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doctrina, -e n f teaching, hence often in ML (Christian) doctrine, sound teaching CH767/41, etc; LI4/27, etc; OX10/30, etc

dodecatemorium, -ii n nt 1. the zodiac OX308/27; 2. one of the twelve signs of the zodiac OX314/35

dolium, -ii n nt tun, cask SH159/15, etc

domesticus, -a, -um adj of or pertaining to a household or home, domestic, by extension of or belonging to a college [see OEDO house sb1 4.b.]: pubes domestica the youth of the college OX85/26; m sg as sbst domestici those belonging to or residing at a college OX146/10, etc; see also lector

domicellus, -i n m donzel, squire EK976/17, etc

domina, -e n f 1. lady, a woman of rank LI609/16; 2. used as honorific for the Virgin Mary LI120/32m; 3. used as honorific for royalty, peeress, or peer's wife C25/10, etc; CH134/15, etc; EK43/12, etc; EL125/35, etc; H107/1; IC28/10, etc; L14/12, etc; LI366/2, etc; OX72/4, etc; SH354/28, etc; SM251/22, etc; SX184/20, etc; W400/17; WL129/17, etc

Domine celi & terre n phr 'Lord of heaven and of earth,' the title of an antiphon by Richard Davy LI332/35

dominicus, -a, -um adj 1. of or pertaining to the Lord (see also dies) LI7/1; f as sbst Lord's Day, Sunday OX36/12, etc; W400/21; WL216/6; hence dominica in ramis palmarum Palm Sunday, the Sunday before Easter EK58/21-2; dominica Septuagesime Septuagesima Sunday, the Sunday seventy days before Easter, ie, the third Sunday before Ash Wednesday EK51/37, etc; see also carnispriuium; 2. of or pertaining to a (feudal) lord: nt as sbst demesne, area under the authority of a lord CH721/22, etc; here in idiom antiquum dominicum ancient demesne, land considered to be under the king's hand at the time of the Norman Conquest; it conferred special status on its tenants even if it were granted to another feudal lord SM182/30, etc; see also an(n)us, dies, natiuitas

dominium, -ii n nt domain, lordship (territory) EL127/36

dominus, -i n m 1. the Lord, title of God or Christ C8/11, etc; CH36/20, etc; CR528/5, etc; DR247/27, etc; EK24/17, etc; EL4/3, etc; H100/10, etc; IC5/22, etc; L87/33, etc; LI4/1, etc; OX10/31, etc; SH10/20, etc; SM423/6, etc; SX213/2, etc; W396/9, etc; WL80/8, etc (see also an(n)us); 2. lord, a ruler or member of the nobility CH59/12, etc; EL33/21, etc; a ruler OX799/7 or a member of the nobility OX102/30; or the lord of a manor or liberty L57/36, etc; SM177/27, etc; lord (of a feudal holding) WL57/18, dominus libertatis SX171/21-2 (see also libertas, manerium); hence in idiom agere dominum to act the part of a lord in a play or game, play the lord OX55/41; 3. by extension of sense 2 lord: A. title of a mock ruler appointed in some colleges or Inns (there often a prince) to oversee plays and other entertainments, usually at Christmas-time C133/1, etc; IC93/21, etc; OX209/14, OX209/17; sometimes called dominus ludorum lord of games C164/4, etc, or ~ de mysrule IC84/8 (or misrule IC93/21) lord of misrule; ~ de Purpoole lord of Purpoole, another name for the prince of Purpoole, a Christmas prince at Gray's Inn IC112/33; also applied to courtiers of a Christmas prince IC462/7, etc; or B. title of a mock abbot in a Shrewsbury May game SH191/7, etc; or C. title of a mock ruler appointed as part of traditional plays or other entertainments, often at Christmas time, eg, dominus de misrule lord of misrule EK690/31; dominus iocosus SX184/31? (see also iocosus); 4. master (of a villein or servant) WL12/35, etc; dominus domus master of a house, householder CR464/16; 5. hence by extension husband OX308/12; 6. client, principal (of an attorney or proctor) SM140/3, SM140/4; hence the cathedral officer whose part is being played by a particular boy in a boy-bishop observance EL17/28, EL18/2; 7. used figuratively the possessor of a quality or characteristic OX308/8 or lord or master (of a particular tool or weapon) IC657/27; 8. sir (as courteous address, in voc) C229/12, etc; 9. Dom, honorific for Benedictine monk CH78/31; EK36/22, etc; SX184/31?; WL217/16; 10. lord:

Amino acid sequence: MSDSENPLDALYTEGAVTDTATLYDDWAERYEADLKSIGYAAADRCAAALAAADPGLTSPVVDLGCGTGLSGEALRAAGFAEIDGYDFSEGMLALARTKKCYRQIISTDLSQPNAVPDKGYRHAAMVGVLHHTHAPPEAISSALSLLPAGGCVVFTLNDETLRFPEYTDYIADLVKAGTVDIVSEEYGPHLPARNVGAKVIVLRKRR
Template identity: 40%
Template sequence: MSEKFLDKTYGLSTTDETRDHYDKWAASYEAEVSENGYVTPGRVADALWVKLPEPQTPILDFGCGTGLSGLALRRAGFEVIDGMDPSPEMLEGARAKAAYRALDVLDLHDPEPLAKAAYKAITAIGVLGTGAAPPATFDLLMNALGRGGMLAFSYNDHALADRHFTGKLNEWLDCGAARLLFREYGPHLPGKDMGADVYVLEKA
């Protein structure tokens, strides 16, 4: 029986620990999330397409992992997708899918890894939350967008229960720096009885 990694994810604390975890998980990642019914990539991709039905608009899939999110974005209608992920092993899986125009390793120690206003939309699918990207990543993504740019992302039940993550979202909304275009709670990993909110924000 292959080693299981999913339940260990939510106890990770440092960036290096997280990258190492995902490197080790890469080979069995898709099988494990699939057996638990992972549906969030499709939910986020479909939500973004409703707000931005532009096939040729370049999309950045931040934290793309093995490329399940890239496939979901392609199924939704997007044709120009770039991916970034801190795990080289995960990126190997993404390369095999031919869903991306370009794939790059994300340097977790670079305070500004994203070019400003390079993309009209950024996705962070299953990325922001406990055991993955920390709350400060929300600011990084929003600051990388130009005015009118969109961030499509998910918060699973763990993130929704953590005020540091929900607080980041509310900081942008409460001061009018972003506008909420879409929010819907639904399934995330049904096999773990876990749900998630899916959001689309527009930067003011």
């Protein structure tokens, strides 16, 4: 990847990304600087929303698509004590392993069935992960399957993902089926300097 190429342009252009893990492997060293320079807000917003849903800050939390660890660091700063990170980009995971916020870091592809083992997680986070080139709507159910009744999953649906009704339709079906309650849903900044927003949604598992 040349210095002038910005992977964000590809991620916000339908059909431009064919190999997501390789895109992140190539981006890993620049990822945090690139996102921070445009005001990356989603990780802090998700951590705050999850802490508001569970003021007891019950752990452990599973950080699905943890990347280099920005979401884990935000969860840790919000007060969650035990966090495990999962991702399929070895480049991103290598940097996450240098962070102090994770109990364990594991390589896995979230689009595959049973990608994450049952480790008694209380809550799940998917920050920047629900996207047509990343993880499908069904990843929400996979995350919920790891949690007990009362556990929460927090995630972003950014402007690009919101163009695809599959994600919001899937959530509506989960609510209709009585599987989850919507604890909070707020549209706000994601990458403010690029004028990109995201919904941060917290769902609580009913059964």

1. honorific for church dignitaries (abbot H189/9; SH126/31m, etc; SX183/33, etc; bishop CH767/201, etc; CR504/30, etc; DR137/32; H200/9, etc; OX34/12; SM202/37, etc; SX3/21, etc; W399/23, etc; WL217/15; bishop, dean, ecclesiastical officials and judges EL20/20, etc; LI341/12, etc; cardinal SX184/34; ecclesiastical officials or judges C249/20, etc; CH843/11, etc; EK28/10, etc; H98/10, etc; L18/14, etc; SH196/29, etc; SM251/10, etc; SX11/33, etc; W381/25, etc; WL235/33, etc; prior W397/2, etc) (see also officium);

  2. honorific for secular dignitaries (kings and princes CH44/40, etc; CR493/13, etc; DR211/3, etc; EK537/24, etc; H187/14, etc; L116/19, etc; OX5/18, etc; SH11/5, etc; SM41/22, etc; SX182/7, etc; W399/20, etc; WL157/39, etc; kings, royal officials, or justices EL20/19, etc; peers EK43/17, etc; L115/26, etc; OX15/20, etc; SH127/6, etc; SM415/18, etc; SX183/26, etc; W399/20, etc; WL289/8, etc; royalty or peers C6/19, etc; IC25/19, etc; LI24/26, etc; royal officers or justices CR493/23; DR137/33, etc; EK313/30, etc; L148/40, etc; SH161/28? (possibly used to refer to peers), SH191/14, etc; SX45/3);

  3. honorific for university officials or judges and college officers C279/17, etc; OX4/31, etc;

11. Sir:

  1. honorific for priest CR548/26; EK727/8, etc; H200/6, etc; LI104/21, etc; SM236/30, etc; SX14/11;

  2. honorific for knight or baronet DR170/20; EK974/22, etc; H189/13, etc; IC7/7, etc; L149/28; LI103/32; OX266/37, etc; SH14/2; SX186/20; W400/2, etc; WL288/7, etc;